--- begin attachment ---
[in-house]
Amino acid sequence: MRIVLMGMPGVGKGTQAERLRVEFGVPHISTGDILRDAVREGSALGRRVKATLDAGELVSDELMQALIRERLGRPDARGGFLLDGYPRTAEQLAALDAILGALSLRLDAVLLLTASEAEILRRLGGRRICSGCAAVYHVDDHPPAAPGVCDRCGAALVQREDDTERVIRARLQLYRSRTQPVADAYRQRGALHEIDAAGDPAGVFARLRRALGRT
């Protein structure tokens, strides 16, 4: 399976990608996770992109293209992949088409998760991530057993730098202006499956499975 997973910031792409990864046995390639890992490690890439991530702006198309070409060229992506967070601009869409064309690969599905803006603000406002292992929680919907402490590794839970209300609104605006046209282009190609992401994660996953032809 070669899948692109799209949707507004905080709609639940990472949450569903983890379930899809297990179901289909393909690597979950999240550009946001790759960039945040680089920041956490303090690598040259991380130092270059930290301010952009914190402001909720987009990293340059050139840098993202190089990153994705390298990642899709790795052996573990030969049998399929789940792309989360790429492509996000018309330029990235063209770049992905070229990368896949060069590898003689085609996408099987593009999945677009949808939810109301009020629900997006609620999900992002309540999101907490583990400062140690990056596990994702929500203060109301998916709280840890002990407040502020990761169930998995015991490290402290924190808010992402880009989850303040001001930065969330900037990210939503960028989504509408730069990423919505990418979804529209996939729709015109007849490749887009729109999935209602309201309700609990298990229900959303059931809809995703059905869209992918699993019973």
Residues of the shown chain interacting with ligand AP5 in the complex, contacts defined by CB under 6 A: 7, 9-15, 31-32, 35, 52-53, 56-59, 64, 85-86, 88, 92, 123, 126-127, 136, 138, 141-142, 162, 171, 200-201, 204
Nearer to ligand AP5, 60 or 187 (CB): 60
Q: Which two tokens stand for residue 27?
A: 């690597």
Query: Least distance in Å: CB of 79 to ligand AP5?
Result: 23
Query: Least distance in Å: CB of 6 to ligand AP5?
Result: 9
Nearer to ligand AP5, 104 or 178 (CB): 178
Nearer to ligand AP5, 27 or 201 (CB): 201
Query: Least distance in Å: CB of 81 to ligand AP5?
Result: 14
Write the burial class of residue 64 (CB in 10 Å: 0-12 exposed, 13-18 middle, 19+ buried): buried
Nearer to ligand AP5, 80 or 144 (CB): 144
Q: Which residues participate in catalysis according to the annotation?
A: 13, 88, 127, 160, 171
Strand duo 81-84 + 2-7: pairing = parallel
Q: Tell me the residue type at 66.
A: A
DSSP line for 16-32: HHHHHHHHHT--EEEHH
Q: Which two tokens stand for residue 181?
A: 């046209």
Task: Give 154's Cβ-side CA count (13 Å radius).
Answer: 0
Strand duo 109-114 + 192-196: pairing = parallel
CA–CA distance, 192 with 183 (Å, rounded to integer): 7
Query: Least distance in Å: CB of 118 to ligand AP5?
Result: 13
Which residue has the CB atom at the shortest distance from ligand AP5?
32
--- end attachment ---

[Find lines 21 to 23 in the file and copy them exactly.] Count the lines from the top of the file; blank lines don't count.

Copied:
Q: Tell me the residue type at 66.
A: A
DSSP line for 16-32: HHHHHHHHHT--EEEHH